Cyril Ramaphosa. Picture: SOWETAN
Cyril Ramaphosa. Picture: SOWETAN

NOW that Cyril Ramaphosa is both the second-most powerful politician and second-wealthiest black man in South Africa it can be expected that soon he will face a situation where these two roles come into conflict.

However, as an African National Congress (ANC) official who is not a public representative or a member of the executive within the government, there are no mechanisms through which these conflicts could be managed. ANC officials are not required to declare their business interests to the party, either publicly or privately.

But should Mr Ramaphosa be asked to serve in the government, he would have to abide by both Parliament’s disclosure requirements and the executive code of ethics.

The past year has seen a dramatic escalation of Mr Ramaphosa’s wealth. From last year to this year his worth rose 39% to R3.1bn. This is according to the Sunday Times Rich List, which measures wealth on the basis of an individual’s holdings in listed companies.

A glance at the holdings of Shanduka, in which the Ramaphosa Family Trust owns 30%, reveals a large and diverse range of interests across almost every sector. In the financial sector, these include holdings of 1.2% in Standard Bank, where Mr Ramaphosa is also a director, 7.8% in Alexander Forbes and 1.5% in the Liberty Group.

Shanduka also owns 0.54% of industrial holding company Bidvest, with varied interests including vehicle dealerships. In the telecoms sector, Shanduka has interests in both South Africa and Nigeria, the fastest growing mobile communications market in the world. The interests include 0.45% of MTN SA and about 5% of MTN Nigeria. It also has a 32.7% interest in a cellphone tower building operation in Nigeria — Helios Towers — and 12.5% in Seacom, which constructs undersea cables.

The MTN Nigeria deal, concluded last month, had the markets buzzing partly out of envy, but also over concerns about several conflicts of interest. MTN Nigeria is the most profitable part of MTN on the continent.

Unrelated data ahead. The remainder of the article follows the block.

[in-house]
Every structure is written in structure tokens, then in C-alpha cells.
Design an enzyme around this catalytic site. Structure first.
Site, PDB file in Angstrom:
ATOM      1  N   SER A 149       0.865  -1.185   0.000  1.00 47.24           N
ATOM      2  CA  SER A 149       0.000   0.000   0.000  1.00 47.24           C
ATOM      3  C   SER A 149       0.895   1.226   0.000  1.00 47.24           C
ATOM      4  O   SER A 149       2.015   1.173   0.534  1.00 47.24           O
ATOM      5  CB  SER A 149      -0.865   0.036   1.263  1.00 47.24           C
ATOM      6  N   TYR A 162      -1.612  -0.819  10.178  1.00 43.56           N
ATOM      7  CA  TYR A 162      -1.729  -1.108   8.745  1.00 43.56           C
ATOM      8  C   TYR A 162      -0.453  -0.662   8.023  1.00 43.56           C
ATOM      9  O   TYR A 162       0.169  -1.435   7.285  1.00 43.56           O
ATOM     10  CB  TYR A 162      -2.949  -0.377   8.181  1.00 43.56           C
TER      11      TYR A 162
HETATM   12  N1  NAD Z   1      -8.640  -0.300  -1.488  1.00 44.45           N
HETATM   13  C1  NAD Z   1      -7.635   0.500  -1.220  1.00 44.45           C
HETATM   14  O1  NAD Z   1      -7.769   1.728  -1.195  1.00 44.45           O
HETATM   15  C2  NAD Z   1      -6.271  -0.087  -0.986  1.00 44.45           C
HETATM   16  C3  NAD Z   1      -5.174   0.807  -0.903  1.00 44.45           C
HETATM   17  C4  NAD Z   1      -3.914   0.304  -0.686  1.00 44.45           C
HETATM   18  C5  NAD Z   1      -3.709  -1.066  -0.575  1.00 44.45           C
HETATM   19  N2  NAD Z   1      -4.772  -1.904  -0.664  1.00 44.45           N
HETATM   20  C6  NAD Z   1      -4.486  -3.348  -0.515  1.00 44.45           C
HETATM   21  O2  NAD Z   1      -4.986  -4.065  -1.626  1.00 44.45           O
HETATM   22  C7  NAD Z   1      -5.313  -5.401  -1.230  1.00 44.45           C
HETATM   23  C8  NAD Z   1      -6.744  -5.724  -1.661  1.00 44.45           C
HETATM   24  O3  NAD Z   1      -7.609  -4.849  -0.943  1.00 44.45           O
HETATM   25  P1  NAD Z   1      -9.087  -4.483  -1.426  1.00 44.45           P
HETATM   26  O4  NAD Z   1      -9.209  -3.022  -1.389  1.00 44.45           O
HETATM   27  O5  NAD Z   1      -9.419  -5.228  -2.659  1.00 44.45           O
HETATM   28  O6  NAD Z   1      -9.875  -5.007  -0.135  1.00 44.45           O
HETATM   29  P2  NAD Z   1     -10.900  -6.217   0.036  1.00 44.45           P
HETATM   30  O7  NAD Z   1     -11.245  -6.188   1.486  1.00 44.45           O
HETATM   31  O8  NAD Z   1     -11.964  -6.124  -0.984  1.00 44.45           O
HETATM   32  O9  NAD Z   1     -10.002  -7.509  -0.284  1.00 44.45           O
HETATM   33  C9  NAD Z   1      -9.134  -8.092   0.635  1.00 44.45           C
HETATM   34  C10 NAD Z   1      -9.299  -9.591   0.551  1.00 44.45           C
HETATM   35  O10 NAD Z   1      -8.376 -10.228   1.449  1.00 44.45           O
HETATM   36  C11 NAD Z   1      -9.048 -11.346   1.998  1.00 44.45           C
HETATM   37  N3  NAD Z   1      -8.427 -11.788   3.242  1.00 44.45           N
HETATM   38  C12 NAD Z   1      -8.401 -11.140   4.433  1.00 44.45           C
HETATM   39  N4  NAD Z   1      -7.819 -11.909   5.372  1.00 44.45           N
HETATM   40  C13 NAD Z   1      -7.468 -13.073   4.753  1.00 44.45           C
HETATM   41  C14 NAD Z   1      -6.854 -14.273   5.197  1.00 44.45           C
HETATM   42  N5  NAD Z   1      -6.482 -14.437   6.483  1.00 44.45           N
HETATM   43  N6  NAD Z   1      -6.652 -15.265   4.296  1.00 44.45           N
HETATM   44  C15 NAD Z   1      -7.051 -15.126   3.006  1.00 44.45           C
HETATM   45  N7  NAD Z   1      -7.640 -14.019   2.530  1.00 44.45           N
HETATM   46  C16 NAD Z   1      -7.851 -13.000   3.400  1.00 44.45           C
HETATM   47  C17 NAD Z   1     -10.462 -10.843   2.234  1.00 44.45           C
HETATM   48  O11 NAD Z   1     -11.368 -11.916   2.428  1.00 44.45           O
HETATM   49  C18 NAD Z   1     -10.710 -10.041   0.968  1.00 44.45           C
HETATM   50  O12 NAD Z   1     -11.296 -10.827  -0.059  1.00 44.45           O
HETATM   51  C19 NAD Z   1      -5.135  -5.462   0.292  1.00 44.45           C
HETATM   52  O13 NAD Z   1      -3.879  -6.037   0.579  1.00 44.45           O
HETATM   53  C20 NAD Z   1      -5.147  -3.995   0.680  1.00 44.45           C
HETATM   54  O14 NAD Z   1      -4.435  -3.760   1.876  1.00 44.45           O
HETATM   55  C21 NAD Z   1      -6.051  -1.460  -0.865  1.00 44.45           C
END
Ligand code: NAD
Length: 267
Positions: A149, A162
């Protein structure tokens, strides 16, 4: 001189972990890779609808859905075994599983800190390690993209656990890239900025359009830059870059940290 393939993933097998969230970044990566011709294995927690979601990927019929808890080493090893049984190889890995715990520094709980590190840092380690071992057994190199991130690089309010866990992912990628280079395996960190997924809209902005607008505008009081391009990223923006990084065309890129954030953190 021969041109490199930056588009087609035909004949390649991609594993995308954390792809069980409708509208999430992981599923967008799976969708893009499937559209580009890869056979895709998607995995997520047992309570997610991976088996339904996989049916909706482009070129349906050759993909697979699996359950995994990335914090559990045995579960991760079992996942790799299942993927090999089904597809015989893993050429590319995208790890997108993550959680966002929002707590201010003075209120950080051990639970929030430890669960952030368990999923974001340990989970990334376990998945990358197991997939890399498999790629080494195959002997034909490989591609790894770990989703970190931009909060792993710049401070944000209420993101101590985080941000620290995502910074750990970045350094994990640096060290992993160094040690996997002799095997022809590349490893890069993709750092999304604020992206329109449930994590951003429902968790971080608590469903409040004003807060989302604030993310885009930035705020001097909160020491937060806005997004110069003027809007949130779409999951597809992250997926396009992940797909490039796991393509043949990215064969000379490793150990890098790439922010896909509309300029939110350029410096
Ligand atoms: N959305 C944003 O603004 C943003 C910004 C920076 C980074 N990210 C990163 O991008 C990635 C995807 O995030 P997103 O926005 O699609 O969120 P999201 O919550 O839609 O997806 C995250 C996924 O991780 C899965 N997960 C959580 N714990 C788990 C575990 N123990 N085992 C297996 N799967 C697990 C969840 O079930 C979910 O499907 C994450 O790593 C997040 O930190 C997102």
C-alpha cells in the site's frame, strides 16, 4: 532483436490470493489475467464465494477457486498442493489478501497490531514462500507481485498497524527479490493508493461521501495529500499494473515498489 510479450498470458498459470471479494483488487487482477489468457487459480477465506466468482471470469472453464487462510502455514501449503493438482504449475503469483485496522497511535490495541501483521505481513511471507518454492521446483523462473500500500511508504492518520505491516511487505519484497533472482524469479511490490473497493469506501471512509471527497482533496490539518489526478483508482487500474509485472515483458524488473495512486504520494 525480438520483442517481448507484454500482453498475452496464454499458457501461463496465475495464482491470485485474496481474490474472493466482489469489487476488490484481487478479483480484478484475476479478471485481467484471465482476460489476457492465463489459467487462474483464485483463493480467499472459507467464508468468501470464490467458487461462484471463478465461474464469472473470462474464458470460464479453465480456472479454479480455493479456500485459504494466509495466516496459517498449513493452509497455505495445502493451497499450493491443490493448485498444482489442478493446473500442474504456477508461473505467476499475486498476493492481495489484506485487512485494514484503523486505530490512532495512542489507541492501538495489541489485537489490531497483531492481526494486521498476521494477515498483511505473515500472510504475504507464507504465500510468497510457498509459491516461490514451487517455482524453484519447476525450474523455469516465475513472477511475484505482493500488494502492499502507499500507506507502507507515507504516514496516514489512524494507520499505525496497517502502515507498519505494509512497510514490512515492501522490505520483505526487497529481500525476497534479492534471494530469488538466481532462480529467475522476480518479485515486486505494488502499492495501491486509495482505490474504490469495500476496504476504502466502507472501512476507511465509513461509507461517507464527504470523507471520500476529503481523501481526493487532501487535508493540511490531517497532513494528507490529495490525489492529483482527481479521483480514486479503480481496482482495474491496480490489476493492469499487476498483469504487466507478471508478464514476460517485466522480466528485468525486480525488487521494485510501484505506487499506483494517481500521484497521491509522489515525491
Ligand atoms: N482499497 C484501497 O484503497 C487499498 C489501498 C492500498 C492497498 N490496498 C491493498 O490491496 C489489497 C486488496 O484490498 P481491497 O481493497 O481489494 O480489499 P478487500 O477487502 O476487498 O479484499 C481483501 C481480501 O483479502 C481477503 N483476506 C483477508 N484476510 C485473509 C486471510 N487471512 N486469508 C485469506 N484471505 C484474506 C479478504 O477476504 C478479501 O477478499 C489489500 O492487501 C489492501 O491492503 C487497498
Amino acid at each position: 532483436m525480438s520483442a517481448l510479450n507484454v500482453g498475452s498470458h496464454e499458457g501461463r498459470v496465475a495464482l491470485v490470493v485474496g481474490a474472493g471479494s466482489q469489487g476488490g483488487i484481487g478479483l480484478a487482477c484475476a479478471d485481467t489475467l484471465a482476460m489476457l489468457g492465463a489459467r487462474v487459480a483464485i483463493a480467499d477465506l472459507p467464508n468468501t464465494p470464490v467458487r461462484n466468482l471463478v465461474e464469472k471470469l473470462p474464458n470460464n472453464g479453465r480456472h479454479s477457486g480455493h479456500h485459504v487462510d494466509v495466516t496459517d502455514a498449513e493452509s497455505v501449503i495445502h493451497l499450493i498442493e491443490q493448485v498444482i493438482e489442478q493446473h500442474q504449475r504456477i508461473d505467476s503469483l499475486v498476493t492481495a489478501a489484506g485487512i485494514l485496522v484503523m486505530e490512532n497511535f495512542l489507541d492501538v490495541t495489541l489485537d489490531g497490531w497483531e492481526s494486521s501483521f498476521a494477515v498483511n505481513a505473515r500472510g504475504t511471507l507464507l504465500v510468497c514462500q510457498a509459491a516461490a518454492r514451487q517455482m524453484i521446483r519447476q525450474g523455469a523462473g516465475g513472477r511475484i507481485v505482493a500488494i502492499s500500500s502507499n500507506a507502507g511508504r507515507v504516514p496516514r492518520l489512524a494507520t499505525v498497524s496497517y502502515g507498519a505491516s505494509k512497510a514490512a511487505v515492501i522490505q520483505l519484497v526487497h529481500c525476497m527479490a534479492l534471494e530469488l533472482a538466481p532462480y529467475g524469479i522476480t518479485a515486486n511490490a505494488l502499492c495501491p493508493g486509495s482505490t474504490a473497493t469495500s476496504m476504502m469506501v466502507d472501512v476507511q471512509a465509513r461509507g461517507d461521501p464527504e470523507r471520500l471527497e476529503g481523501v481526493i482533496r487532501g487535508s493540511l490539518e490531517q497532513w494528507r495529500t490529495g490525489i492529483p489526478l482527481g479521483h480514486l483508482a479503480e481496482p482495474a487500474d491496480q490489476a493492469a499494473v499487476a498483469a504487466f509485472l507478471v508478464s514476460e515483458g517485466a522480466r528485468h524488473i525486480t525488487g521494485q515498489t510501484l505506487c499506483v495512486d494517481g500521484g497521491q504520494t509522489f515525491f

The highlighted conflicts of interest include that Mr Ramaphosa is chairman of MTN Group, the majority owner of the Nigerian operation. But the company has said Mr Ramaphosa excluded himself from all the discussions relating to Shanduka’s purchase of shares in MTN Nigeria.

Shanduka has interests in mining, including 50% of Incwala Resources. Further, it is an empowerment partner to platinum miner Lonmin, in which it holds 5%, owns a stake in Pan African Resources and has a coal mining subsidiary Shanduka Coal.

Its other interests are in MacSteel Services Centres and it owns a 42% stake in paper and packaging company Mondi Shanduka.

In the energy sector, it has investments in a Mozambican gas-power plant and in both wind and solar energy generation in South Africa.

Most well known to the public is Mr Ramaphosa’s 70% holding in McDonald’s SA and 70% in one of three bottling plants for Coca-Cola.

With such a vast network of investments, it is inevitable that Mr Ramaphosa will find himself running into conflicts of interest.

After Mr Ramaphosa was elected, Congress of South African Trade Unions general secretary Zwelinzima Vavi on Tuesday tweeted that the federation had strict disclosure rules. "If an elected leader has business interests, he must place them in a trust and not be active while in business.

"Family members must also not do business with the institution you lead."